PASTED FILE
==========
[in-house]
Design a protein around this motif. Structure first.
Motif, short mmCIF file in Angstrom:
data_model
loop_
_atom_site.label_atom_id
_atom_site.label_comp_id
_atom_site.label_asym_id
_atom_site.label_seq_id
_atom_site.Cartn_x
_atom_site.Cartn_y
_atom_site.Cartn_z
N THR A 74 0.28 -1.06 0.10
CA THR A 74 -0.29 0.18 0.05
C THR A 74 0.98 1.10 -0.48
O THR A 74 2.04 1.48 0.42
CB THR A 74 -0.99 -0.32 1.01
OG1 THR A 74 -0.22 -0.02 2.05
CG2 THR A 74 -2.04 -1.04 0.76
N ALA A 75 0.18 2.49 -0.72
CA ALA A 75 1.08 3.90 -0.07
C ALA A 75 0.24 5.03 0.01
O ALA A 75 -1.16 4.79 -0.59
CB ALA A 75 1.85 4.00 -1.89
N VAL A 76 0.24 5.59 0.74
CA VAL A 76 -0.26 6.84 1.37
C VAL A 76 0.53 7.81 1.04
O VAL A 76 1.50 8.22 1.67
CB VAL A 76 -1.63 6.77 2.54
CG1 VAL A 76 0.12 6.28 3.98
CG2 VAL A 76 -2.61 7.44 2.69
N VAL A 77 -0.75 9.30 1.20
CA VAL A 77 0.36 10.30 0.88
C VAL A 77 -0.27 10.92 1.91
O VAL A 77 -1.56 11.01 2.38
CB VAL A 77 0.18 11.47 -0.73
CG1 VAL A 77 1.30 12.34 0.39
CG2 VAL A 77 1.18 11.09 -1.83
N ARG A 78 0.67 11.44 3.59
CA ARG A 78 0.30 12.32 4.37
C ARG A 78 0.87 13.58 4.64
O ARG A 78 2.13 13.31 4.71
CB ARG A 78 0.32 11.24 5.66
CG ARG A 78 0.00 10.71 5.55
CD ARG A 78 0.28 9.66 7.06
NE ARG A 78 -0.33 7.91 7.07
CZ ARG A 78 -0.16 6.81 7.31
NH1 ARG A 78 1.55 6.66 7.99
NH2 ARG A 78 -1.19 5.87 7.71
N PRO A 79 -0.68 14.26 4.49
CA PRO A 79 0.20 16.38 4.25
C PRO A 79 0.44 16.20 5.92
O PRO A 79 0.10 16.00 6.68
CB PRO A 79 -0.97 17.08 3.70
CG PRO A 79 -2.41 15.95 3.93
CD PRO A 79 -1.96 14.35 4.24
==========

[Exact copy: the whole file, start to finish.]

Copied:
[in-house]
Design a protein around this motif. Structure first.
Motif, short mmCIF file in Angstrom:
data_model
loop_
_atom_site.label_atom_id
_atom_site.label_comp_id
_atom_site.label_asym_id
_atom_site.label_seq_id
_atom_site.Cartn_x
_atom_site.Cartn_y
_atom_site.Cartn_z
N THR A 74 0.28 -1.06 0.10
CA THR A 74 -0.29 0.18 0.05
C THR A 74 0.98 1.10 -0.48
O THR A 74 2.04 1.48 0.42
CB THR A 74 -0.99 -0.32 1.01
OG1 THR A 74 -0.22 -0.02 2.05
CG2 THR A 74 -2.04 -1.04 0.76
N ALA A 75 0.18 2.49 -0.72
CA ALA A 75 1.08 3.90 -0.07
C ALA A 75 0.24 5.03 0.01
O ALA A 75 -1.16 4.79 -0.59
CB ALA A 75 1.85 4.00 -1.89
N VAL A 76 0.24 5.59 0.74
CA VAL A 76 -0.26 6.84 1.37
C VAL A 76 0.53 7.81 1.04
O VAL A 76 1.50 8.22 1.67
CB VAL A 76 -1.63 6.77 2.54
CG1 VAL A 76 0.12 6.28 3.98
CG2 VAL A 76 -2.61 7.44 2.69
N VAL A 77 -0.75 9.30 1.20
CA VAL A 77 0.36 10.30 0.88
C VAL A 77 -0.27 10.92 1.91
O VAL A 77 -1.56 11.01 2.38
CB VAL A 77 0.18 11.47 -0.73
CG1 VAL A 77 1.30 12.34 0.39
CG2 VAL A 77 1.18 11.09 -1.83
N ARG A 78 0.67 11.44 3.59
CA ARG A 78 0.30 12.32 4.37
C ARG A 78 0.87 13.58 4.64
O ARG A 78 2.13 13.31 4.71
CB ARG A 78 0.32 11.24 5.66
CG ARG A 78 0.00 10.71 5.55
CD ARG A 78 0.28 9.66 7.06
NE ARG A 78 -0.33 7.91 7.07
CZ ARG A 78 -0.16 6.81 7.31
NH1 ARG A 78 1.55 6.66 7.99
NH2 ARG A 78 -1.19 5.87 7.71
N PRO A 79 -0.68 14.26 4.49
CA PRO A 79 0.20 16.38 4.25
C PRO A 79 0.44 16.20 5.92
O PRO A 79 0.10 16.00 6.68
CB PRO A 79 -0.97 17.08 3.70
CG PRO A 79 -2.41 15.95 3.93
CD PRO A 79 -1.96 14.35 4.24